Experts say the confusion stems from the stamp duty law. Unlike with capital gains tax, you are not allowed to nominate a main residence for stamp duty purposes – instead it is decided based on the facts.
A first-time buyer in the Jermys’ situation would have no way of avoiding the extra tax, however – raising questions about the purpose of the law, which is meant to encourage first-time buyers.
Nimesh Shah, a partner at accountancy firm Blick Rothenberg, said: “There is an ability for you to replace your main residence and you are not affected by the 3pc charge. However, in this situation they can’t take advantage of this.
“There was a very short period of consultation before it actually took effect and unfortunately it is having a series of unintended consequences.
“I think we’ll see more of these types of scenarios where people are innocently caught by this additional charge.”
Simon Collins, product technical manager at mortgage broker John Charcol, said this was a common situation among first-time buyers who had inherited property. “One of our cases involves a customer in rented accommodation – he inherited a property and now he wants to buy he’s faced with being hit with this 3pc. The guy’s only crime is a relative died and left him a property.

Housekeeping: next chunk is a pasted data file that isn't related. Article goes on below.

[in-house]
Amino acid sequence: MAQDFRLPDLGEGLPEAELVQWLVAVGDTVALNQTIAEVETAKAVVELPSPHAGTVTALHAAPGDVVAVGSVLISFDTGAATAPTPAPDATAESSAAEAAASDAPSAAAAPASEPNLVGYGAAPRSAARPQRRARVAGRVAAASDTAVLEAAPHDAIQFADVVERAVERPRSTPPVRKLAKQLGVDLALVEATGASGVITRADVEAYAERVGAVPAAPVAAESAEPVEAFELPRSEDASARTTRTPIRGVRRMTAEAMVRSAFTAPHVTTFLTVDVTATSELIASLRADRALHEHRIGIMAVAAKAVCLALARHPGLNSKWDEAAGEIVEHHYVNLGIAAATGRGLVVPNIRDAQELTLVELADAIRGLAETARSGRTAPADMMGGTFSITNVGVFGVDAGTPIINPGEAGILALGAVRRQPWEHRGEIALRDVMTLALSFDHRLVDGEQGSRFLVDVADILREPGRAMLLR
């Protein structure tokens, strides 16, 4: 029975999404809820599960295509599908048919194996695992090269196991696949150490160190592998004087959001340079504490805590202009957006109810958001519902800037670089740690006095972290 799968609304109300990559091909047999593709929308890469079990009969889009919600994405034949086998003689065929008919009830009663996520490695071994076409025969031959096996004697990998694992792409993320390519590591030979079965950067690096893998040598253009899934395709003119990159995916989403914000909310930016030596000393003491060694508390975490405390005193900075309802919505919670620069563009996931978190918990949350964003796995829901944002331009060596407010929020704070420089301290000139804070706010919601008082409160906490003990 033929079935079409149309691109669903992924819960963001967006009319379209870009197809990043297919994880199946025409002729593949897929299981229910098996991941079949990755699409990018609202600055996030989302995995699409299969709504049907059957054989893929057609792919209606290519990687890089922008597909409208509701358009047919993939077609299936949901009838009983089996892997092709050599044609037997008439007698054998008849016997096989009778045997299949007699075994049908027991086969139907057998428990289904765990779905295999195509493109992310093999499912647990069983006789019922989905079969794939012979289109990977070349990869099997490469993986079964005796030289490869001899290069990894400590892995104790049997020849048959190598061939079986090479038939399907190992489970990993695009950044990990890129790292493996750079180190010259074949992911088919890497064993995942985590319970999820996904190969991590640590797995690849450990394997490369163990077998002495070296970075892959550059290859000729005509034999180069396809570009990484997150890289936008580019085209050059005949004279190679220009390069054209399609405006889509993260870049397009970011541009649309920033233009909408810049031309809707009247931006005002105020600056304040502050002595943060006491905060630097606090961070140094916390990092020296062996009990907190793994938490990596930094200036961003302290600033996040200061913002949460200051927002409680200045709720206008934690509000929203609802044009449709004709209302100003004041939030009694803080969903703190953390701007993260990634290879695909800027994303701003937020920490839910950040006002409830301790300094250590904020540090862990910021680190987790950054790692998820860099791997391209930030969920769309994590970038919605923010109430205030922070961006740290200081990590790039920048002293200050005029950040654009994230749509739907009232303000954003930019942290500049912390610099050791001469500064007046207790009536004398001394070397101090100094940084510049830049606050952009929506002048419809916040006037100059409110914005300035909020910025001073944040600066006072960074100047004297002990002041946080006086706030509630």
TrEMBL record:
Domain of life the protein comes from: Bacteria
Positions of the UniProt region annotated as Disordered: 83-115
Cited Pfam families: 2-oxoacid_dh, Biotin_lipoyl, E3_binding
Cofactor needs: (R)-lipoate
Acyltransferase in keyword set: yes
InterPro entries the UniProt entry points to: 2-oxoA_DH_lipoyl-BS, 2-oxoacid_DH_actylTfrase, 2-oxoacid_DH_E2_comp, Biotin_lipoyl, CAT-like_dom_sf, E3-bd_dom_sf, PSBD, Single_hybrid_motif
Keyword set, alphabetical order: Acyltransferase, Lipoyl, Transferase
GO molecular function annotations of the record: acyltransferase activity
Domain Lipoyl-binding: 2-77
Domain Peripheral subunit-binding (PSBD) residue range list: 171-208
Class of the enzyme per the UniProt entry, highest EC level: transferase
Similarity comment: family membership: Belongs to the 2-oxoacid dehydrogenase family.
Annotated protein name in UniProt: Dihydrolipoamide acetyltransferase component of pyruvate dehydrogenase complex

“It doesn’t make sense. Are these the people you were trying to get after because they are foreign investors – we seem to be getting all sorts of other people being hit in the crossfire. Why should a first-time buyer be clobbered by that 3pc?”
Mr Collins said. Jeremy Leaf, a north London estate agent, said: “ I think what the Jermys would have to do is weigh up the value of keeping that additional property. If it’s not producing the return they’re going to have to look at is as a business situation, and realise that the playing field is being adjusted against them and decide whether they can do better by selling it.”
A spokesman for the Treasury said: “It is right that people should be free to purchase an additional property, such as a buy to let property or a second home. However, we know that this can impact on other people’s ability to get on to the property ladder.
“That’s why we introduced a higher rate of stamp duty for those who purchase additional property. Our change will make it fairer for people trying to get on their foot on the property ladder for the first time.”